Researchers carry out a thorough excavation of one of the over 1600 monuments known as mustatils.
An extensive study of an archaeological site in Saudi Arabia has uncovered new information about mustatils, which are stone structures from the Late Neolithic period believed to have served a ceremonial function. The findings, which were recently published in the open-access journal PLOS ONE, were the result of a collaboration between Melissa Kennedy of the University of Western Australia, Perth, and her colleagues and The Royal Commission for AlUla.
Constructed approximately 7,000 years ago, mustatils are rectangular stone structures featuring low walls and varying in length from 20 to 600 meters. They were first uncovered by researchers in the 1970s, and to date, over 1,600 mustatils have been found, primarily located in northern Saudi Arabia.
Recent excavations in the city of AlUla suggest that mustatils were used for ritualistic purposes involving the placement of animal offerings. Now, Kennedy and colleagues have conducted an extensive excavation at a mustatil located 55 east of AlUla. This mustatil is 140 meters (460 feet) long and is constructed from local sandstone.
The researchers’ analysis included the identification of 260 fragments of animal skulls and horns, primarily from domestic cattle, as well as from domestic goats, gazelle, and small ruminants. Nearly all of these remains were clustered around a large upright stone interpreted to be a betyl. Radiocarbon dating suggested that the betyl is one of the oldest identified in the Arabian Peninsula, and the bones provide some of the earliest evidence for the domestication of cattle in northern Arabia.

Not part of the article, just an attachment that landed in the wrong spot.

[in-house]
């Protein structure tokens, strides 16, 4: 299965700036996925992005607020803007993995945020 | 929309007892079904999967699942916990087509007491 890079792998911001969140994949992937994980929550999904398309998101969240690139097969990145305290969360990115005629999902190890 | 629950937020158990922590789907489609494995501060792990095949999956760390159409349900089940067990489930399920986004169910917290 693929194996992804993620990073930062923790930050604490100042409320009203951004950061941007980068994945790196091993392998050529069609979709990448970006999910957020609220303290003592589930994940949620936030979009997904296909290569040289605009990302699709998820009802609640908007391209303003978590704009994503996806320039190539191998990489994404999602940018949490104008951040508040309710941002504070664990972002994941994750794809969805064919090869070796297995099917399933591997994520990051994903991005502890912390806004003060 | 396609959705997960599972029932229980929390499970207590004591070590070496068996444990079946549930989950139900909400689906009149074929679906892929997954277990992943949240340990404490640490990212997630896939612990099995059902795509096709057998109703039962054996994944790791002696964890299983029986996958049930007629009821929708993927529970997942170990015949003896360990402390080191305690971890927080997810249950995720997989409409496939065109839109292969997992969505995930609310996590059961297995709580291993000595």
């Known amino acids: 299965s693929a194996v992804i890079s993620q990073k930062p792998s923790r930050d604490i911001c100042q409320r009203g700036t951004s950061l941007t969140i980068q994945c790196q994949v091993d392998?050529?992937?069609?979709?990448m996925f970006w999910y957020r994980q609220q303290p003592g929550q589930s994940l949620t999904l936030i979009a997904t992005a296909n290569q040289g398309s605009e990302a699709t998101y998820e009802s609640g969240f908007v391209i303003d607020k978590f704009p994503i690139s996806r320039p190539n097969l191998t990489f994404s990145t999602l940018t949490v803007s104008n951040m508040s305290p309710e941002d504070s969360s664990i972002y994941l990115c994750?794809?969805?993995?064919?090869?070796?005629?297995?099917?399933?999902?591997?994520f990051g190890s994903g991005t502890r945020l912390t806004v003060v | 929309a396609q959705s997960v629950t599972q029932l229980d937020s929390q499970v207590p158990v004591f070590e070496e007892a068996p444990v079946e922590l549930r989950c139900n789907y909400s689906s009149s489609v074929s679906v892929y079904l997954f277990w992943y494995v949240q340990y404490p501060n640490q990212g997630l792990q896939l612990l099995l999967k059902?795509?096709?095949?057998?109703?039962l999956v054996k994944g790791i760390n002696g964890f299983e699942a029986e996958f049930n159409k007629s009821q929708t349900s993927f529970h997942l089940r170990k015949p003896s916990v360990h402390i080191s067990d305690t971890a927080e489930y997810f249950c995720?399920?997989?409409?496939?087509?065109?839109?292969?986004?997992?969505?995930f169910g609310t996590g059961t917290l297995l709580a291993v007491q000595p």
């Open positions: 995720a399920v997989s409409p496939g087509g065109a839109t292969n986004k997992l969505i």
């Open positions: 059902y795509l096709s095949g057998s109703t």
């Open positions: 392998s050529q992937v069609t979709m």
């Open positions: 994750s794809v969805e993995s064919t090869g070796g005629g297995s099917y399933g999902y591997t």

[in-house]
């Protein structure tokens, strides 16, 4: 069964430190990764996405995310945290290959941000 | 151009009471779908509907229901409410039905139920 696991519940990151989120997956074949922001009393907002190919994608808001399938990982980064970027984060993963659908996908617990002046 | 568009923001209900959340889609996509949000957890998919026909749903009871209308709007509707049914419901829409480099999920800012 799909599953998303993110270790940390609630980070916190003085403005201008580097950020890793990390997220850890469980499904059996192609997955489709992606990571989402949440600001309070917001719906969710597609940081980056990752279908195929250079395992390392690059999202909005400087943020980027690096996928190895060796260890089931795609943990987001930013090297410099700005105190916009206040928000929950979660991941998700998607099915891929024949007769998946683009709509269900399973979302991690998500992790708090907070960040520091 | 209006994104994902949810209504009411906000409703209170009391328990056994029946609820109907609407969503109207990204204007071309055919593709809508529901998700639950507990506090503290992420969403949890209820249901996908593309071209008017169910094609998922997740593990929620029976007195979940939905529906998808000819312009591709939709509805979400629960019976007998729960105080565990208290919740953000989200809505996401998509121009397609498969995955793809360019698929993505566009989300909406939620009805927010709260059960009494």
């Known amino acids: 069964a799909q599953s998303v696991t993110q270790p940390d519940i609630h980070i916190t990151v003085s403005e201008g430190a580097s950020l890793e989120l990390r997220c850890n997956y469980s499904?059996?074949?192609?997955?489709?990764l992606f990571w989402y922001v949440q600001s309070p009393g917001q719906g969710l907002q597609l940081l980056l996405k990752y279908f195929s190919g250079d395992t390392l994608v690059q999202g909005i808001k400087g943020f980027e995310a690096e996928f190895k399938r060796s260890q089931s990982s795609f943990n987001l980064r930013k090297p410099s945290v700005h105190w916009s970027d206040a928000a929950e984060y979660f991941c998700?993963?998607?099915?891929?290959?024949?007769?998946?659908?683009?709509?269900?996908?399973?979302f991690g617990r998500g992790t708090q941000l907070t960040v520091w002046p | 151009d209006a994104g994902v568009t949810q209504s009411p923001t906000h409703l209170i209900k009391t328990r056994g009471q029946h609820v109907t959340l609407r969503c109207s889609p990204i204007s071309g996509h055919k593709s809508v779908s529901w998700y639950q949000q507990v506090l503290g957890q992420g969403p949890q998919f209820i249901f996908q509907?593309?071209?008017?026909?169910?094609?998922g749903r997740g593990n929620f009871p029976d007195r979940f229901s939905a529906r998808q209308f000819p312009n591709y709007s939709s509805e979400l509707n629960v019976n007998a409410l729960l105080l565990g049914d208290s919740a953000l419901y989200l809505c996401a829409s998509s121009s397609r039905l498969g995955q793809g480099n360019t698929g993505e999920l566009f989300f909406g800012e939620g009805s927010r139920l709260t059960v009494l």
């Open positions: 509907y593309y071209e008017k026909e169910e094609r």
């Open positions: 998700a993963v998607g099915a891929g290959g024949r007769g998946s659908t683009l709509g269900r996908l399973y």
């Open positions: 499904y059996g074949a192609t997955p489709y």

This study also uncovered evidence for several phases of offerings at the mustatil, as well as interment of an adult male human, suggesting that the site may have been the destination of repeated pilgrimages.
Taking all the new data into consideration, the researchers suggest that ritualistic belief and economic factors were more closely intertwined for Neolithic people in northwest Arabia than previously thought and that this entanglement was shared over a broad geographic area.
The authors add: “The ritual deposition of animal horns and upper cranial element within the mustatil suggests a profound intersection of belief and economic life-ways in the Late Neolithic of Northern Arabia. The incorporation of these two facets suggests a deeply rooted ideological entanglement, one which was shared over a vast geographic distance, indicating a far more interconnected landscape and culture than had previously been supposed for the Neolithic period in north-west Arabia.”
Reference: “Cult, herding, and ‘pilgrimage’ in the Late Neolithic of north-west Arabia: Excavations at a mustatil east of AlUla” by Melissa Kennedy, Laura Strolin, Jane McMahon, Daniel Franklin, Ambika Flavel, Jacqueline Noble, Lauren Swift, Ahmed Nassr, Stewart Fallon and Hugh Thomas, 15 March 2023, PLOS ONE.
The study was funded by the Royal Commission for AlUla.
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